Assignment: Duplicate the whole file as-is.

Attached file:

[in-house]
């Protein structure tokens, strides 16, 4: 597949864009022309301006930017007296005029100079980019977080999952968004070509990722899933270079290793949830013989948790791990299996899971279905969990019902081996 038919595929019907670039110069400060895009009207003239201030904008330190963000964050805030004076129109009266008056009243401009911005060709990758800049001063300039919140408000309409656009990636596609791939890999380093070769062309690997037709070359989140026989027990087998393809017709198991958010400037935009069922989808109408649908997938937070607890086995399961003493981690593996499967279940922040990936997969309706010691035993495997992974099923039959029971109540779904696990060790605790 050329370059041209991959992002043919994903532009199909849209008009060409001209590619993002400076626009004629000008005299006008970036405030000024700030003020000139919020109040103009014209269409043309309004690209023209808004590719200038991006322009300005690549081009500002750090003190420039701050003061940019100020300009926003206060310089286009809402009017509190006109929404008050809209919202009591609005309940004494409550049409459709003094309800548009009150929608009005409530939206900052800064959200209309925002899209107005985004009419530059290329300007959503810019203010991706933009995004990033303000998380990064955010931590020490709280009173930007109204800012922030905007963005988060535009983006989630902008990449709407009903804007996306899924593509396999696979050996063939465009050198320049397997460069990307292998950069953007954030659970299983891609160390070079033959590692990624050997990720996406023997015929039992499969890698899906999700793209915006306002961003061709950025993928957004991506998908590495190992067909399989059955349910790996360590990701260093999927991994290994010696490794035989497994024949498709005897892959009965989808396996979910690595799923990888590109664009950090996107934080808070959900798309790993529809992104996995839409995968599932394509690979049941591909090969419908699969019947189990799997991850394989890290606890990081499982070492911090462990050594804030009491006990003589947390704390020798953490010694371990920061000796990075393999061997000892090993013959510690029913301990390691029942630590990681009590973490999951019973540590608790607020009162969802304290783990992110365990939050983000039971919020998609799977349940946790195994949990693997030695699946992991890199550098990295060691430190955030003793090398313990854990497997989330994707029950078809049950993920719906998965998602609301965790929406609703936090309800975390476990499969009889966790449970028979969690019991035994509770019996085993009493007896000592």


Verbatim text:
[in-house]
């Protein structure tokens, strides 16, 4: 597949864009022309301006930017007296005029100079980019977080999952968004070509990722899933270079290793949830013989948790791990299996899971279905969990019902081996 038919595929019907670039110069400060895009009207003239201030904008330190963000964050805030004076129109009266008056009243401009911005060709990758800049001063300039919140408000309409656009990636596609791939890999380093070769062309690997037709070359989140026989027990087998393809017709198991958010400037935009069922989808109408649908997938937070607890086995399961003493981690593996499967279940922040990936997969309706010691035993495997992974099923039959029971109540779904696990060790605790 050329370059041209991959992002043919994903532009199909849209008009060409001209590619993002400076626009004629000008005299006008970036405030000024700030003020000139919020109040103009014209269409043309309004690209023209808004590719200038991006322009300005690549081009500002750090003190420039701050003061940019100020300009926003206060310089286009809402009017509190006109929404008050809209919202009591609005309940004494409550049409459709003094309800548009009150929608009005409530939206900052800064959200209309925002899209107005985004009419530059290329300007959503810019203010991706933009995004990033303000998380990064955010931590020490709280009173930007109204800012922030905007963005988060535009983006989630902008990449709407009903804007996306899924593509396999696979050996063939465009050198320049397997460069990307292998950069953007954030659970299983891609160390070079033959590692990624050997990720996406023997015929039992499969890698899906999700793209915006306002961003061709950025993928957004991506998908590495190992067909399989059955349910790996360590990701260093999927991994290994010696490794035989497994024949498709005897892959009965989808396996979910690595799923990888590109664009950090996107934080808070959900798309790993529809992104996995839409995968599932394509690979049941591909090969419908699969019947189990799997991850394989890290606890990081499982070492911090462990050594804030009491006990003589947390704390020798953490010694371990920061000796990075393999061997000892090993013959510690029913301990390691029942630590990681009590973490999951019973540590608790607020009162969802304290783990992110365990939050983000039971919020998609799977349940946790195994949990693997030695699946992991890199550098990295060691430190955030003793090398313990854990497997989330994707029950078809049950993920719906998965998602609301965790929406609703936090309800975390476990499969009889966790449970028979969690019991035994509770019996085993009493007896000592």